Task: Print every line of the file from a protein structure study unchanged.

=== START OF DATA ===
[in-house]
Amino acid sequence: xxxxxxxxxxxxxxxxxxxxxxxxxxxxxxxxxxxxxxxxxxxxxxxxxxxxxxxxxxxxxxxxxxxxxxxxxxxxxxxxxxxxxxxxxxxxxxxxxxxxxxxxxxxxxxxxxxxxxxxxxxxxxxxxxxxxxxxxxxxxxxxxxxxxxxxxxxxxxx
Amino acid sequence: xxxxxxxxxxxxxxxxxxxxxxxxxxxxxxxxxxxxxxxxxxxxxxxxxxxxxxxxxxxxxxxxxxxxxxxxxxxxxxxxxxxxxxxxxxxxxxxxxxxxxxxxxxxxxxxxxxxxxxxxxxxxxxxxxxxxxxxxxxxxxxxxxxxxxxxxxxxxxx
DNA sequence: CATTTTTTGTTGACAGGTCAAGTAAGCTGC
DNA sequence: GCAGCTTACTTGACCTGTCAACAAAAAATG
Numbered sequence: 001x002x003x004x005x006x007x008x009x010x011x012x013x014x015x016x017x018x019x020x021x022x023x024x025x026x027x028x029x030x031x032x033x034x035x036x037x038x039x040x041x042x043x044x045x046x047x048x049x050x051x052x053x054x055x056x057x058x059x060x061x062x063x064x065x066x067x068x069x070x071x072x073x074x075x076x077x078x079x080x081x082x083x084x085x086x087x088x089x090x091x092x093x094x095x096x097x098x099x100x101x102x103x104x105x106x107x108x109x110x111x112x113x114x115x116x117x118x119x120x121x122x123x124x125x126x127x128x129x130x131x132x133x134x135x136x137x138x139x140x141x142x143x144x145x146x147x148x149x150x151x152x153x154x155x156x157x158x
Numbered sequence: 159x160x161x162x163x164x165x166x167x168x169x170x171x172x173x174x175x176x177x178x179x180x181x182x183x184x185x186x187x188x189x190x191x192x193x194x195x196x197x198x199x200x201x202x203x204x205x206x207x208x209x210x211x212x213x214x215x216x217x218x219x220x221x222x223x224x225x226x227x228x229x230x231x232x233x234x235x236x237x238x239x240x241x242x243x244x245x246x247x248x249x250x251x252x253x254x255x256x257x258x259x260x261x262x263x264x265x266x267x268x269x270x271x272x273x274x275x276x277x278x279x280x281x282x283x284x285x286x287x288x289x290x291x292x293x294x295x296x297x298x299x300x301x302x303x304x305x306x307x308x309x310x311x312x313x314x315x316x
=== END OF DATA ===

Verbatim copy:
[in-house]
Amino acid sequence: xxxxxxxxxxxxxxxxxxxxxxxxxxxxxxxxxxxxxxxxxxxxxxxxxxxxxxxxxxxxxxxxxxxxxxxxxxxxxxxxxxxxxxxxxxxxxxxxxxxxxxxxxxxxxxxxxxxxxxxxxxxxxxxxxxxxxxxxxxxxxxxxxxxxxxxxxxxxxx
Amino acid sequence: xxxxxxxxxxxxxxxxxxxxxxxxxxxxxxxxxxxxxxxxxxxxxxxxxxxxxxxxxxxxxxxxxxxxxxxxxxxxxxxxxxxxxxxxxxxxxxxxxxxxxxxxxxxxxxxxxxxxxxxxxxxxxxxxxxxxxxxxxxxxxxxxxxxxxxxxxxxxxx
DNA sequence: CATTTTTTGTTGACAGGTCAAGTAAGCTGC
DNA sequence: GCAGCTTACTTGACCTGTCAACAAAAAATG
Numbered sequence: 001x002x003x004x005x006x007x008x009x010x011x012x013x014x015x016x017x018x019x020x021x022x023x024x025x026x027x028x029x030x031x032x033x034x035x036x037x038x039x040x041x042x043x044x045x046x047x048x049x050x051x052x053x054x055x056x057x058x059x060x061x062x063x064x065x066x067x068x069x070x071x072x073x074x075x076x077x078x079x080x081x082x083x084x085x086x087x088x089x090x091x092x093x094x095x096x097x098x099x100x101x102x103x104x105x106x107x108x109x110x111x112x113x114x115x116x117x118x119x120x121x122x123x124x125x126x127x128x129x130x131x132x133x134x135x136x137x138x139x140x141x142x143x144x145x146x147x148x149x150x151x152x153x154x155x156x157x158x
Numbered sequence: 159x160x161x162x163x164x165x166x167x168x169x170x171x172x173x174x175x176x177x178x179x180x181x182x183x184x185x186x187x188x189x190x191x192x193x194x195x196x197x198x199x200x201x202x203x204x205x206x207x208x209x210x211x212x213x214x215x216x217x218x219x220x221x222x223x224x225x226x227x228x229x230x231x232x233x234x235x236x237x238x239x240x241x242x243x244x245x246x247x248x249x250x251x252x253x254x255x256x257x258x259x260x261x262x263x264x265x266x267x268x269x270x271x272x273x274x275x276x277x278x279x280x281x282x283x284x285x286x287x288x289x290x291x292x293x294x295x296x297x298x299x300x301x302x303x304x305x306x307x308x309x310x311x312x313x314x315x316x